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Decorating A Long Narrow Room

decorating a long narrow room
  • (decorate) make more attractive by adding ornament, colour, etc.; "Decorate the room for the party"; "beautify yourself for the special day"
  • Provide (a room or building) with a color scheme, paint, wallpaper, etc
  • (decorate) deck: be beautiful to look at; "Flowers adorned the tables everywhere"
  • Make (something) look more attractive by adding ornament to it
  • Confer an award or medal on (a member of the armed forces)
  • (decorate) award a mark of honor, such as a medal, to; "He was decorated for his services in the military"
  • a narrow strait connecting two bodies of water
  • make or become more narrow or restricted; "The selection was narrowed"; "The road narrowed"
  • not wide; "a narrow bridge"; "a narrow line across the page"
  • A narrow channel connecting two larger areas of water
  • Have a strong wish or desire
  • for an extended time or at a distant time; "a promotion long overdue"; "something long hoped for"; "his name has long been forgotten"; "talked all night long"; "how long will you be gone?"; "arrived long before he was expected"; "it is long after your bedtime"
  • hanker: desire strongly or persistently
  • primarily temporal sense; being or indicating a relatively great or greater than average duration or passage of time or a duration as specified; "a long life"; "a long boring speech"; "a long time"; "a long friendship"; "a long game"; "long ago"; "an hour long"
  • Space that can be occupied or where something can be done, esp. viewed in terms of whether there is enough
  • A part or division of a building enclosed by walls, floor, and ceiling
  • space for movement; "room to pass"; "make way for"; "hardly enough elbow room to turn around"
  • Opportunity or scope for something to happen or be done, esp. without causing trouble or damage
  • an area within a building enclosed by walls and floor and ceiling; "the rooms were very small but they had a nice view"
  • board: live and take one's meals at or in; "she rooms in an old boarding house"

Portrait of a Bride...
Portrait of a Bride...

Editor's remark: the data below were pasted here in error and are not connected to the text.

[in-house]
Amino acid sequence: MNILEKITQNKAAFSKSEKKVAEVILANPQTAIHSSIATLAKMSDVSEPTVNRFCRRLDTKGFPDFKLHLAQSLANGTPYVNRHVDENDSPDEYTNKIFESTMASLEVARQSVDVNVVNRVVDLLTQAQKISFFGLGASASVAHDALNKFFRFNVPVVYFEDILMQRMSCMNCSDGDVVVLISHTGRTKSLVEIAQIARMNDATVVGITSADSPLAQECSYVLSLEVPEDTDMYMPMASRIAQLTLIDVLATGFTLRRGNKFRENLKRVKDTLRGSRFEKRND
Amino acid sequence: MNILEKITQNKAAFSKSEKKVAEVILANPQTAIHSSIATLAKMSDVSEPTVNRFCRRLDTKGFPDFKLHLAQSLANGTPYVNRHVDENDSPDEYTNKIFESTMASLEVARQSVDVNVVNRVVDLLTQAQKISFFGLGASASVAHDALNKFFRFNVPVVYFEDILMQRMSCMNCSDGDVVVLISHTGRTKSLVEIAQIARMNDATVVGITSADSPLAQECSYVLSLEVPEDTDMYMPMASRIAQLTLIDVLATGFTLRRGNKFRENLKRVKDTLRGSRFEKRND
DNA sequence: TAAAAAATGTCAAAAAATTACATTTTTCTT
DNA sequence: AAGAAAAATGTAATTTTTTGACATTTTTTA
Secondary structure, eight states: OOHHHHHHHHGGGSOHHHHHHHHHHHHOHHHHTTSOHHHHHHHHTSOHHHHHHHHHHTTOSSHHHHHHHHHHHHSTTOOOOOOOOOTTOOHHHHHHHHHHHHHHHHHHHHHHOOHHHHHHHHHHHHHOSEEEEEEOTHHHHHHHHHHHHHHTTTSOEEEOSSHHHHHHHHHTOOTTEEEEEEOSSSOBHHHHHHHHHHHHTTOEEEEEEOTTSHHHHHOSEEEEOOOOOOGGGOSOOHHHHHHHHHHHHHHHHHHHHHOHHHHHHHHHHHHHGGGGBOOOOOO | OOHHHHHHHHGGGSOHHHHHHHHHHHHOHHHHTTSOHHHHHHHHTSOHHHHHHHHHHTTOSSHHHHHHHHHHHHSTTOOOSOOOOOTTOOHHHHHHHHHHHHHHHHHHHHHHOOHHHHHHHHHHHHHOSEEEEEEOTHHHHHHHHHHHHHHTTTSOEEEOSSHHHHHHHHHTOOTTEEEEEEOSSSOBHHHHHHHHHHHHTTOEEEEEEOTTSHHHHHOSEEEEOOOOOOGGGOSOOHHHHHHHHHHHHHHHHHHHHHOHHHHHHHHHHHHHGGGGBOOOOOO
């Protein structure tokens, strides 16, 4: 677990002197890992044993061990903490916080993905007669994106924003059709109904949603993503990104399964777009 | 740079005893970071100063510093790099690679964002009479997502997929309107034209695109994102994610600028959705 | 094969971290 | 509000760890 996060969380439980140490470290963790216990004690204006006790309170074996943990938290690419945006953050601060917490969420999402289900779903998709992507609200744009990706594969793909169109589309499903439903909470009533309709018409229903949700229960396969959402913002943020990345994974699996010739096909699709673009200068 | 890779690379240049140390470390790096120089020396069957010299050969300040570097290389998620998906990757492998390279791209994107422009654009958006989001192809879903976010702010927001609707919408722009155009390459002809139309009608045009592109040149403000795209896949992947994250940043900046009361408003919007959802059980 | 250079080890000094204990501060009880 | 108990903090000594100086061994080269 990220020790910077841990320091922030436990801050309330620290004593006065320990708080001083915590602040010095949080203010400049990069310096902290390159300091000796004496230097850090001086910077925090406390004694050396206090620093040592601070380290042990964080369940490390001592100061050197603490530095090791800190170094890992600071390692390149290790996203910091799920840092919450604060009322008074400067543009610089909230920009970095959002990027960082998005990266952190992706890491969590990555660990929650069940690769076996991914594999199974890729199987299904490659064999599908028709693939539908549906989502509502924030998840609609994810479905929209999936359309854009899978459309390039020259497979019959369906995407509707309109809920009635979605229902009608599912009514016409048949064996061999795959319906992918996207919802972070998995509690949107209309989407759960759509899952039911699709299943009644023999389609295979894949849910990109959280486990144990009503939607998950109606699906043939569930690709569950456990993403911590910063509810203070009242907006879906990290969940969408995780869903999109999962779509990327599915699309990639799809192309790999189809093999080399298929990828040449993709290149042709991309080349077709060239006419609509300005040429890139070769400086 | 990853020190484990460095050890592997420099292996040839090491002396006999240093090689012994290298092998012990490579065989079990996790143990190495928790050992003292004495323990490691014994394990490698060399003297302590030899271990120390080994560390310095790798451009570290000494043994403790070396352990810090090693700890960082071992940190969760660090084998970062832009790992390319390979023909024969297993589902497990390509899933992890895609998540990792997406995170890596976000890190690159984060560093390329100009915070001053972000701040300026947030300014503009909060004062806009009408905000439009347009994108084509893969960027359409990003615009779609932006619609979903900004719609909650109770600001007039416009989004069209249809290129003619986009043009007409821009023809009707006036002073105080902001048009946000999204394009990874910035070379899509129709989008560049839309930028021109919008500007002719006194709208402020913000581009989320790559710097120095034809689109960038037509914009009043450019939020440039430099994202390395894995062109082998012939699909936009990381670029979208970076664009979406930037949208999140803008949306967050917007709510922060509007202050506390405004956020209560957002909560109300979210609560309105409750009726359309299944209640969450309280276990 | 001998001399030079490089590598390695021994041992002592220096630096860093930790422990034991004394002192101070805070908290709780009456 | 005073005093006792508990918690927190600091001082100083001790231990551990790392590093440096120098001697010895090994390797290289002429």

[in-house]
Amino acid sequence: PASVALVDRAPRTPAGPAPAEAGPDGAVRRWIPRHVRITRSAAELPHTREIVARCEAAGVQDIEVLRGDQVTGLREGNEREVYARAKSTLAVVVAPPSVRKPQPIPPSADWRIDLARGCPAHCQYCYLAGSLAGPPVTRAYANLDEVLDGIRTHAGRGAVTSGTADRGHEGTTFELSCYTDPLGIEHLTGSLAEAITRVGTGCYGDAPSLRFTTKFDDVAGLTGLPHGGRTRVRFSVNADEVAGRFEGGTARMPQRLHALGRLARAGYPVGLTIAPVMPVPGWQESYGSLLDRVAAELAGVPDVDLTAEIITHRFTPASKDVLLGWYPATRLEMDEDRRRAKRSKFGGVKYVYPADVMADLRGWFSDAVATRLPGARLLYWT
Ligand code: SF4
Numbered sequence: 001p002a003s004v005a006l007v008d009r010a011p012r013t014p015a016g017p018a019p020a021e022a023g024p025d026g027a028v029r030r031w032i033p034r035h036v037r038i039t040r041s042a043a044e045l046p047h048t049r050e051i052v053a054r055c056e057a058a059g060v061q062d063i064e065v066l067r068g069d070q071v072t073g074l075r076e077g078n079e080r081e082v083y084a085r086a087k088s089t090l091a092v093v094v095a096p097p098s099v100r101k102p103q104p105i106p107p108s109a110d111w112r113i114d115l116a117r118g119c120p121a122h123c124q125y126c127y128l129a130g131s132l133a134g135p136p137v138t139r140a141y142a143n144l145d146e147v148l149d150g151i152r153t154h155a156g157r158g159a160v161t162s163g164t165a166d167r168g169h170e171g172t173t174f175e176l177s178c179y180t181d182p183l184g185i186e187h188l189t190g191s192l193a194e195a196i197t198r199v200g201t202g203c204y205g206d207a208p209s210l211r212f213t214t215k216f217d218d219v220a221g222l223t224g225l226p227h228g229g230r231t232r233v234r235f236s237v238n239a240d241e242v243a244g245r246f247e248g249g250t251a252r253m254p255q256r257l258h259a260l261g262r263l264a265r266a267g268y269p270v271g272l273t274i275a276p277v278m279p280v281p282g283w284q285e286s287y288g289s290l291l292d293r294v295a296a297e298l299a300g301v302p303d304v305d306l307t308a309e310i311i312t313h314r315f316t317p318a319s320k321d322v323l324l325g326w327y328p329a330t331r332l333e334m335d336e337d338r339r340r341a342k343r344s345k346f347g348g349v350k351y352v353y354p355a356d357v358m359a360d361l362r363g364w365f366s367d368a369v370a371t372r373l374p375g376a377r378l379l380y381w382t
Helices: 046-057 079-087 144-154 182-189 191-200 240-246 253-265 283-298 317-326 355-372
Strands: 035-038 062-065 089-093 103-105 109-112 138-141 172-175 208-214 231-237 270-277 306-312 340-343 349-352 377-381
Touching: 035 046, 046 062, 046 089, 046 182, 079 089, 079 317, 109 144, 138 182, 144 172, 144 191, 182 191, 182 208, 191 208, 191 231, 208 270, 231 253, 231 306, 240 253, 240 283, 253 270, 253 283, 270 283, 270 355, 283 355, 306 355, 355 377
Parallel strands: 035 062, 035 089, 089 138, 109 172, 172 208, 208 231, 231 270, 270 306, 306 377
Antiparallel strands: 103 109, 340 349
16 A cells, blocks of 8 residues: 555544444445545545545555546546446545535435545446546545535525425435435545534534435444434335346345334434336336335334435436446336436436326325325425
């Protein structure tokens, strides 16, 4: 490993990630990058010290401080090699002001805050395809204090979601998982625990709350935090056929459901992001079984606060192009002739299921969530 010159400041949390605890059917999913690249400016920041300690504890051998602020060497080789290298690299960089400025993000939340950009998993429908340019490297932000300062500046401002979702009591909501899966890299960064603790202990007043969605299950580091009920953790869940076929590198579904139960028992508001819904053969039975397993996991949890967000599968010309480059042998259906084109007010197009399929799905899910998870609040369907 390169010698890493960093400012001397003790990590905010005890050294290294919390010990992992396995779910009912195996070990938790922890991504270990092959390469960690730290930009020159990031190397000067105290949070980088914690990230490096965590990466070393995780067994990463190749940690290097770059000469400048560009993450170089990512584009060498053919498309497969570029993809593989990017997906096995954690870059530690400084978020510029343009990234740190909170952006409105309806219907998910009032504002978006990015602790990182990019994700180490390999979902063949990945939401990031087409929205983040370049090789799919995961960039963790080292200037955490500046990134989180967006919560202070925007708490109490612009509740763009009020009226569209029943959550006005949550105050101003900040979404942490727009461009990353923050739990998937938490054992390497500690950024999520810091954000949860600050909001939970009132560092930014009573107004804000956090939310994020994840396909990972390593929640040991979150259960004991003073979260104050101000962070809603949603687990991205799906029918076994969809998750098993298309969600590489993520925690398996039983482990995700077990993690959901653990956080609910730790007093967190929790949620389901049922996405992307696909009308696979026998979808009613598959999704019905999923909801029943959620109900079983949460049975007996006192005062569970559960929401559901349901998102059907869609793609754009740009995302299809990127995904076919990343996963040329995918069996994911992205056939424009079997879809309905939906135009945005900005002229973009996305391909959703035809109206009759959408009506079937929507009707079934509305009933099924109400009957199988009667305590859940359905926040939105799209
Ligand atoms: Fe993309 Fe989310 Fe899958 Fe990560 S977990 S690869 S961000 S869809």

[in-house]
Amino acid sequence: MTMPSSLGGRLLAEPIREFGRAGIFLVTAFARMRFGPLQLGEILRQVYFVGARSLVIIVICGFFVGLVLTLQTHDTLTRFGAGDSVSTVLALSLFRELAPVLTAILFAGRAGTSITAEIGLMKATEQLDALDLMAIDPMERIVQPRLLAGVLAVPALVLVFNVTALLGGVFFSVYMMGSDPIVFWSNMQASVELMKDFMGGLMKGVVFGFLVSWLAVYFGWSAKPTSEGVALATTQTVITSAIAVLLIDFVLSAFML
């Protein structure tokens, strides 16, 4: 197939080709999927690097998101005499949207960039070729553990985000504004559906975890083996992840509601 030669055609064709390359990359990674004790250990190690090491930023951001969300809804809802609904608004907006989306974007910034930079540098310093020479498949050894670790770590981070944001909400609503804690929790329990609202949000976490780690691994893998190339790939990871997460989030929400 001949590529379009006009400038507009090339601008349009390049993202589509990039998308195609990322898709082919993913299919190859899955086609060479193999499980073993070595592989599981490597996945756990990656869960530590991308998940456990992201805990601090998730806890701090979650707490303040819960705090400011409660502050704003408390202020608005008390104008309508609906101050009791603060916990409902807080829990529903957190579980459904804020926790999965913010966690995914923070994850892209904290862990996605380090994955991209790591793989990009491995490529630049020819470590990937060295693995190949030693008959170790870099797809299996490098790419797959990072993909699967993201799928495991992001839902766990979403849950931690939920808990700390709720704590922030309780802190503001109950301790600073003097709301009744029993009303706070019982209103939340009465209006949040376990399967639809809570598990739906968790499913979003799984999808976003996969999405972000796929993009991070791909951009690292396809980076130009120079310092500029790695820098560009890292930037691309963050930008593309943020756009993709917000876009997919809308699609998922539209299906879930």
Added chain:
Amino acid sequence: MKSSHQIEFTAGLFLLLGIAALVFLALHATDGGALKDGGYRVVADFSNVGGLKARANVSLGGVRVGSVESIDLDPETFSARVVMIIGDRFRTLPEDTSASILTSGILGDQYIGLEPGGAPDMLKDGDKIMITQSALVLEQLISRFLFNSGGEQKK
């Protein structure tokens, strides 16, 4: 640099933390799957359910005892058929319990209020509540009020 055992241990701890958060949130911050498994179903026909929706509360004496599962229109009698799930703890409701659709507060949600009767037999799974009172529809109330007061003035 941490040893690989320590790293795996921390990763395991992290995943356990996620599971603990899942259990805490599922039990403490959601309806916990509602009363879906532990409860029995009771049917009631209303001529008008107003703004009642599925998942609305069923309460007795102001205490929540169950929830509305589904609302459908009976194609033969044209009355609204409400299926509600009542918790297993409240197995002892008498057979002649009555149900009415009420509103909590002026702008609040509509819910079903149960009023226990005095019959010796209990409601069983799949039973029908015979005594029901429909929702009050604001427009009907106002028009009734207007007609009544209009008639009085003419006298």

Standing in the narrow, long bathroom made me feel claustrophobic. The room was odd shaped, more like a hallway than a bathroom. There had been a remodel done recently, and all of the hardware shone like scattered sequins. Tasteful mirrors hung across the walls, attempting to make the hallway bathroom feel more spacious by reflectively expanding the awkward room. This is a trick you get from reading interior design books and watching decorating shows, but in reality there is only so much you can do to a make a four foot wide space feel cavernous. Not only was the room tiny, it was also full of people. My closest friends wearing a color they would never choose for themselves. But I had let them choose the silhouettes, so I assured myself that they would wear the clothes again. A little white lie we tell ourselves to help ease our culpability. All of them accepted the lie with good grace, and they smilingly agreed with me while secretly plotting the fastest route to the Goodwill where they could fling the magenta garments out the car window, only slowing fractionally. I pictured them flipping off the clothing, their hands waving gleefully out of their car windows as they sped away, their transmissions straining and motors roaring under the sudden and dramatic acceleration. They would speed away like they would after a drunken one night stand with the neighborhood hobo - shame filled and mortified to be seen in such a state. But they wore the dresses because I chose magenta, and that is just what friends do in this sort of situation. The men at the donation station would smile knowingly at each other as they flung the dress into a bin. A week later the dress would be priced, labeled, hung, and some unfortunate teenager would get it to wear to prom. Her mother would assure her that no one would know that it was used. Another white lie passed on. In the bathroom, my mother turned to me suddenly, her face earnest and loving. "You don't have to do this," she said. "We can leave right now, and I will never hold it against you. I just want you to know that you don't have to do this, and I love you." Her father had told her the same thing minutes before her wedding. Even though she was pregnant, he assured her that she didn't have to get married, and that he would love and support her regardless. This had meant a great deal to my mother, and it was a gift that she wanted to pass on to me. We both new I wouldn't leave, but perhaps she had felt a moment of trepidation and considered taking her father up on his offer. I had been there with her in that moment, growing bones and nerves as she stood jittering before her vows. Here we were again, together right before our marriages. Her father was dead now, so she was the one to give me the chance to run. I must admit that I briefly considered it. Knowing I could leave still loved made it easier to leave that tiny, awkward bathroom and walk down the aisle. Maybe she had felt a lessening of the tightness in her belly, and I would have felt it, too, a trembling message sent through the umbilical cord. Maybe the offer helped her put one foot in front of the other and continue down the path that built our family. When my daughter gets married, I will pass on the same gift. Maybe she will not follow the previous generations and instead run like hell. Regardless, she will be loved. I know that just having the choice changes the world and makes the path easier and more sure. I left the bathroom with my pink clad guard and approached the man my mother had chosen not to flee. My father smiled at me mildly and said "Let's do this." White lies will be told, choices will be made, and families will be built. ****************************************** original watercolor, ink, gouache, and graphite painting "Portrait of a Bride" 8.5"x10.5".